Habib and Mahameed were the first familiar faces the White Helmets saw. “When the first family crossed, it was an exceptional moment,” Habib recalls. “I had mixed feelings—sadness because this family was forced to leave their homeland but happy because we rescued them. I hugged their baby.

It made me think of my own son. I felt that all those children out there waiting with their parents were like my son. The mother was crying, so was the father. Then all three of us were crying.”

The families were in miserable condition—some sick, some barefoot. A pregnant woman had broken her leg at one of the crossing points. One mother asked if Habib could get milk for her child. A man begged Habib to negotiate safe passage for his wife and children, left behind. There was a newborn baby, delivered two days earlier.

The rescued families rushed to Mahameed, embracing him, asking questions, seeking answers. He hugged them back but discouraged lingering. “I just wanted them safely on the bus,” he says.

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White helmets in Syria
Photo: Peter Bregg

“Thank you for the miracle.”

Weeks later, Major Ribner (pictured above) was asked to share the story behind a photo of him holding one of the White Helmets’ swaddled infants. “The baby’s mother had left her ID at the checkpoint. She put the baby on the registration table and rushed back to retrieve her documents. The baby was crying, so I carried the child until the mother came back.”

As each family cleared security, they were moved to buses where blankets, food, baby formula and water awaited them. When all 10 buses were filled, they left in a convoy for the Jordanian border.

In Amman, the Mayday Rescue office was crowded with envoys, ambassadors, aid workers and UN refugee staff, all of them working the phones, checking WhatsApp, maintaining contact with their offices and waiting for news from Habib and Mahameed. The room was powered by cigarettes, coffee and anxiety. Shortly after 9 p.m.—half an hour later than anticipated—came the call from Habib. The White Helmets had started to cross.

“As the night progressed, it became clear—this just might work,” says Wett­laufer. “But until we found out that the last person was safe, I didn’t relax for a second. No one in that operation centre did.”

Nadera Al-Sukkar of Mayday Rescue felt the pressure keenly. “We lost touch with Farouq and Jihad at some points, so the stress escalated. We also lost contact with the [White Helmets]. Morale was collapsing. All of us were worried that it’s not going to happen, that it’s too complicated, too difficult.”

At the Canadian Embassy in Tel Aviv, Hinton and his colleagues were receiving updates from the IDF. Some of the Syrians, such as children born after the civil war began, lacked documentation. Others had lost passports in the fracas of war. But each case was worked out and no one was turned away.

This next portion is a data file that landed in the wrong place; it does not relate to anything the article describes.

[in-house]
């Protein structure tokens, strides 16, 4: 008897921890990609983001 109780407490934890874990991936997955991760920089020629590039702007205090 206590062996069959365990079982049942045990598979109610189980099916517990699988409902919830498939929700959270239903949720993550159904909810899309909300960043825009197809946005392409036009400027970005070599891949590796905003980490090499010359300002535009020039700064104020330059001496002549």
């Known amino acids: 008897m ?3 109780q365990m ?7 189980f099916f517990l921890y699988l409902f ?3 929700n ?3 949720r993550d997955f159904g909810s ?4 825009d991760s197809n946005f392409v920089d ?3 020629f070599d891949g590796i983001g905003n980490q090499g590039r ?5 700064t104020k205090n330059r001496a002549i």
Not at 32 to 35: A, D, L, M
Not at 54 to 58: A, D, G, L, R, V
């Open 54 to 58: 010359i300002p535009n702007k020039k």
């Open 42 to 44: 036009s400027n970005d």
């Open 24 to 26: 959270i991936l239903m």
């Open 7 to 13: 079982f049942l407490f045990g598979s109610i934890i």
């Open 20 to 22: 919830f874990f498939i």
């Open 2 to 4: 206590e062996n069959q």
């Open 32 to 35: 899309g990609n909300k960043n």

However, out of the approximately 800 White Helmets and family members expected to escape, just slightly more than half made it to the Golan Heights—many couldn’t get past the various checkpoints across Syria and went into hiding. “We were hoping to save many more, but it was a war zone,” says Hinton, “a dynamic situation unfolding literally as the regime was working to retake the territory.”

It was 5 a.m. when the last buses arrived in Jordan.

August 28, Amman, Jordan

Reflecting on the operation, Wettlaufer says, “It had about a two per cent chance of success. It was mission impossible. They were pinned between an advancing regime and ISIS forces, against two sealed international borders in one of the most politically sensitive regions of the world. There was no way this should have worked. And yet it did. It did because of a committed minister, Chrystia Freeland, prepared to make a tough decision and do the right thing. It did because of a range of officials in the field and in Ottawa who were seized by the matter and wanted to do the right thing. And it worked because of incredible, coordinated international diplomacy.”

When Al-Sukkar caught up with the White Helmets at the undisclosed location in Jordan where they were being processed for resettlement, she began to realize the enormity of what had been accomplished. Their first words to her were “Thank you for the mir­acle.” They expressed sadness and concern for the teams left behind, but they also said that for the first time in a long time, they felt safe.

One man told her that when he woke up after falling asleep in a chair, he noticed that someone had put a blanket over him. Another said, “The nightmares have stopped.”

The rescuers had been rescued.

Journalist Sally Armstrong and photo­journalist Peter Bregg travelled to Jordan and Israel in August 2018. This story is a co-operative venture between Reader’s Digest and The United Church Observer and will also appear in The Observer’s January 2019 issue and on